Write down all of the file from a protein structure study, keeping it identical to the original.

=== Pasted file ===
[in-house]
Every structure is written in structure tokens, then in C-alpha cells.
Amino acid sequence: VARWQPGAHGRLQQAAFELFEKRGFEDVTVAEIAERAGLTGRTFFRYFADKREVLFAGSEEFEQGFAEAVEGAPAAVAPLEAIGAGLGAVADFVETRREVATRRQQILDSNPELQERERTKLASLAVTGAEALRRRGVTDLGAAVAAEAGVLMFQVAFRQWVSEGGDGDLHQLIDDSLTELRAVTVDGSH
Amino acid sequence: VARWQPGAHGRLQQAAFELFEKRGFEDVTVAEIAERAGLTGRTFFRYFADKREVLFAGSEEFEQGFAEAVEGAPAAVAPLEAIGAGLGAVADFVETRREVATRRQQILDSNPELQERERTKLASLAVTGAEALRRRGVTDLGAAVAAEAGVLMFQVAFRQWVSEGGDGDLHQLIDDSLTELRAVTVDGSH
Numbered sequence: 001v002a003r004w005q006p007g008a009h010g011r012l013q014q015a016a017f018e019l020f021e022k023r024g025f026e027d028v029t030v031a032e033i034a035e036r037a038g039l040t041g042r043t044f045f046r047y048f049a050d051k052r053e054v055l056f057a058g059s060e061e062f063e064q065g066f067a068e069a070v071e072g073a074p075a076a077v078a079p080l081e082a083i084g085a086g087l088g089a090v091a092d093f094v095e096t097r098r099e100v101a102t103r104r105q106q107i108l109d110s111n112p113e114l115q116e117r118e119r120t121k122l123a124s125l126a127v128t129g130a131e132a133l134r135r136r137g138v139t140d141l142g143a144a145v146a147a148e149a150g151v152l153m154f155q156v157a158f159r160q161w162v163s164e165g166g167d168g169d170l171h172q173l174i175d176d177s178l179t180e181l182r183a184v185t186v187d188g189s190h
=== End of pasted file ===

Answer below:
[in-house]
Every structure is written in structure tokens, then in C-alpha cells.
Amino acid sequence: VARWQPGAHGRLQQAAFELFEKRGFEDVTVAEIAERAGLTGRTFFRYFADKREVLFAGSEEFEQGFAEAVEGAPAAVAPLEAIGAGLGAVADFVETRREVATRRQQILDSNPELQERERTKLASLAVTGAEALRRRGVTDLGAAVAAEAGVLMFQVAFRQWVSEGGDGDLHQLIDDSLTELRAVTVDGSH
Amino acid sequence: VARWQPGAHGRLQQAAFELFEKRGFEDVTVAEIAERAGLTGRTFFRYFADKREVLFAGSEEFEQGFAEAVEGAPAAVAPLEAIGAGLGAVADFVETRREVATRRQQILDSNPELQERERTKLASLAVTGAEALRRRGVTDLGAAVAAEAGVLMFQVAFRQWVSEGGDGDLHQLIDDSLTELRAVTVDGSH
Numbered sequence: 001v002a003r004w005q006p007g008a009h010g011r012l013q014q015a016a017f018e019l020f021e022k023r024g025f026e027d028v029t030v031a032e033i034a035e036r037a038g039l040t041g042r043t044f045f046r047y048f049a050d051k052r053e054v055l056f057a058g059s060e061e062f063e064q065g066f067a068e069a070v071e072g073a074p075a076a077v078a079p080l081e082a083i084g085a086g087l088g089a090v091a092d093f094v095e096t097r098r099e100v101a102t103r104r105q106q107i108l109d110s111n112p113e114l115q116e117r118e119r120t121k122l123a124s125l126a127v128t129g130a131e132a133l134r135r136r137g138v139t140d141l142g143a144a145v146a147a148e149a150g151v152l153m154f155q156v157a158f159r160q161w162v163s164e165g166g167d168g169d170l171h172q173l174i175d176d177s178l179t180e181l182r183a184v185t186v187d188g189s190h